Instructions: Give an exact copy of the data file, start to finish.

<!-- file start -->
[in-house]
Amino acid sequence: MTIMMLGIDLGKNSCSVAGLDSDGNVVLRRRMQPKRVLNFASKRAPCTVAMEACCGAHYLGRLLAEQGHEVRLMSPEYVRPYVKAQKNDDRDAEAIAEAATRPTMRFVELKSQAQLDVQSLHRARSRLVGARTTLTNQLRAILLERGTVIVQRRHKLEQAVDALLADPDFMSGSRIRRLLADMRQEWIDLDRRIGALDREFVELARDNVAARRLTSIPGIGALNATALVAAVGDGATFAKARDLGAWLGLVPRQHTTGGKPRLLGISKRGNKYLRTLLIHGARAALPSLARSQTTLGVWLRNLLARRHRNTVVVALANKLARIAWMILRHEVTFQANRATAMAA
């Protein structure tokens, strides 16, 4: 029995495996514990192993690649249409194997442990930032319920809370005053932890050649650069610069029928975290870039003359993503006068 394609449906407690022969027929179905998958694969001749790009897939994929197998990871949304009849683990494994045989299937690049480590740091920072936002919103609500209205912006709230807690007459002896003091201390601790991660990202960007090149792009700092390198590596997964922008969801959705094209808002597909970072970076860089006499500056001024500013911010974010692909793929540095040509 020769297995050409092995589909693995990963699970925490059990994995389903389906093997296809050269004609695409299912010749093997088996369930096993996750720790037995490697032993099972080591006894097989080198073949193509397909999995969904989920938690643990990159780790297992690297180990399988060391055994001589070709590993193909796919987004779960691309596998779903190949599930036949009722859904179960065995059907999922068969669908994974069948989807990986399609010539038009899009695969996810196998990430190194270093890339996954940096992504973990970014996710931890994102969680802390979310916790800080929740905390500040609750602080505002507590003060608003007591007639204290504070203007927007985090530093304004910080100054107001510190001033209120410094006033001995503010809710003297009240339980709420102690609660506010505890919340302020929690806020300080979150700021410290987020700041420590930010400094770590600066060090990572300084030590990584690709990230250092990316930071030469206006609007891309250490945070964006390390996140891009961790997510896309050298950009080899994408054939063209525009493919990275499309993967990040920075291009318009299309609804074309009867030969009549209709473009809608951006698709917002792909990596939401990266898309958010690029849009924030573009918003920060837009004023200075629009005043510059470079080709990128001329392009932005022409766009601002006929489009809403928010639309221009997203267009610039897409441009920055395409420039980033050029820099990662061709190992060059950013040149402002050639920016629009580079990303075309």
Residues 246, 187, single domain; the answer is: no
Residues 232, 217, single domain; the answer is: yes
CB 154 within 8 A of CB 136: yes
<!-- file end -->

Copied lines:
[in-house]
Amino acid sequence: MTIMMLGIDLGKNSCSVAGLDSDGNVVLRRRMQPKRVLNFASKRAPCTVAMEACCGAHYLGRLLAEQGHEVRLMSPEYVRPYVKAQKNDDRDAEAIAEAATRPTMRFVELKSQAQLDVQSLHRARSRLVGARTTLTNQLRAILLERGTVIVQRRHKLEQAVDALLADPDFMSGSRIRRLLADMRQEWIDLDRRIGALDREFVELARDNVAARRLTSIPGIGALNATALVAAVGDGATFAKARDLGAWLGLVPRQHTTGGKPRLLGISKRGNKYLRTLLIHGARAALPSLARSQTTLGVWLRNLLARRHRNTVVVALANKLARIAWMILRHEVTFQANRATAMAA
């Protein structure tokens, strides 16, 4: 029995495996514990192993690649249409194997442990930032319920809370005053932890050649650069610069029928975290870039003359993503006068 394609449906407690022969027929179905998958694969001749790009897939994929197998990871949304009849683990494994045989299937690049480590740091920072936002919103609500209205912006709230807690007459002896003091201390601790991660990202960007090149792009700092390198590596997964922008969801959705094209808002597909970072970076860089006499500056001024500013911010974010692909793929540095040509 020769297995050409092995589909693995990963699970925490059990994995389903389906093997296809050269004609695409299912010749093997088996369930096993996750720790037995490697032993099972080591006894097989080198073949193509397909999995969904989920938690643990990159780790297992690297180990399988060391055994001589070709590993193909796919987004779960691309596998779903190949599930036949009722859904179960065995059907999922068969669908994974069948989807990986399609010539038009899009695969996810196998990430190194270093890339996954940096992504973990970014996710931890994102969680802390979310916790800080929740905390500040609750602080505002507590003060608003007591007639204290504070203007927007985090530093304004910080100054107001510190001033209120410094006033001995503010809710003297009240339980709420102690609660506010505890919340302020929690806020300080979150700021410290987020700041420590930010400094770590600066060090990572300084030590990584690709990230250092990316930071030469206006609007891309250490945070964006390390996140891009961790997510896309050298950009080899994408054939063209525009493919990275499309993967990040920075291009318009299309609804074309009867030969009549209709473009809608951006698709917002792909990596939401990266898309958010690029849009924030573009918003920060837009004023200075629009005043510059470079080709990128001329392009932005022409766009601002006929489009809403928010639309221009997203267009610039897409441009920055395409420039980033050029820099990662061709190992060059950013040149402002050639920016629009580079990303075309």
Residues 246, 187, single domain; the answer is: no
Residues 232, 217, single domain; the answer is: yes
CB 154 within 8 A of CB 136: yes